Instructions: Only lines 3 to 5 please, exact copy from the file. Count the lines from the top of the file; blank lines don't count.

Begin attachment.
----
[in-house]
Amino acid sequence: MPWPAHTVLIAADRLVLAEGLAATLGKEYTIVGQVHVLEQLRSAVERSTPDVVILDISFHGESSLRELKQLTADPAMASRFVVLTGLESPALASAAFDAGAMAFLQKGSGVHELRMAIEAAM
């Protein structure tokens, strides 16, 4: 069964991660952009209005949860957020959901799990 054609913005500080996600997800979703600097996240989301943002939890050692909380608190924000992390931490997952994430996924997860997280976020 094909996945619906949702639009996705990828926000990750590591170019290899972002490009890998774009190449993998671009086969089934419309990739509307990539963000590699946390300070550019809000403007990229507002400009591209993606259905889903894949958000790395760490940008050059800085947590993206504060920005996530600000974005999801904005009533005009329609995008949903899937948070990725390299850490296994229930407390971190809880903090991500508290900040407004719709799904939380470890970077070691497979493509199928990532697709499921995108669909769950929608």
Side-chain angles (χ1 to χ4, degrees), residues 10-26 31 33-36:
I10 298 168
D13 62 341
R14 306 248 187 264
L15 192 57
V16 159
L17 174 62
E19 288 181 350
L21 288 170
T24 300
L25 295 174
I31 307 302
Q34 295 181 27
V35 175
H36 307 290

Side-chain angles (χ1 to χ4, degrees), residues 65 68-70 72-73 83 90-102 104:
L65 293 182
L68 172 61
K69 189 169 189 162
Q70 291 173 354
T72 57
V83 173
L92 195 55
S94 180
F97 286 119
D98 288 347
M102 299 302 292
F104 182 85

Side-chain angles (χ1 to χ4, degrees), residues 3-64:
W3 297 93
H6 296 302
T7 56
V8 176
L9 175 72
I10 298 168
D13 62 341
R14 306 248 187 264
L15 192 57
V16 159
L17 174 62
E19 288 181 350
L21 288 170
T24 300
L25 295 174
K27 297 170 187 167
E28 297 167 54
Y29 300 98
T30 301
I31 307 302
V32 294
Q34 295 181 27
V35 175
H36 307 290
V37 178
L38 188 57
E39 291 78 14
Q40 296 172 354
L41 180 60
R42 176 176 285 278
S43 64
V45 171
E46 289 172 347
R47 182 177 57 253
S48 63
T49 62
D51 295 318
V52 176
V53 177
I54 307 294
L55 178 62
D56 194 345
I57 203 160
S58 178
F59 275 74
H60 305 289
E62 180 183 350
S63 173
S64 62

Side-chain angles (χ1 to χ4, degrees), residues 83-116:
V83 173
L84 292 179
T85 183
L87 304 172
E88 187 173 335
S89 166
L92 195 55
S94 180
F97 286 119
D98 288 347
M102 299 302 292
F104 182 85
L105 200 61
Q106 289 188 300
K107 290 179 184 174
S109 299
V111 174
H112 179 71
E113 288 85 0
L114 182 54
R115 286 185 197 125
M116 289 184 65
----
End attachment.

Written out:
């Protein structure tokens, strides 16, 4: 069964991660952009209005949860957020959901799990 054609913005500080996600997800979703600097996240989301943002939890050692909380608190924000992390931490997952994430996924997860997280976020 094909996945619906949702639009996705990828926000990750590591170019290899972002490009890998774009190449993998671009086969089934419309990739509307990539963000590699946390300070550019809000403007990229507002400009591209993606259905889903894949958000790395760490940008050059800085947590993206504060920005996530600000974005999801904005009533005009329609995008949903899937948070990725390299850490296994229930407390971190809880903090991500508290900040407004719709799904939380470890970077070691497979493509199928990532697709499921995108669909769950929608």
Side-chain angles (χ1 to χ4, degrees), residues 10-26 31 33-36:
I10 298 168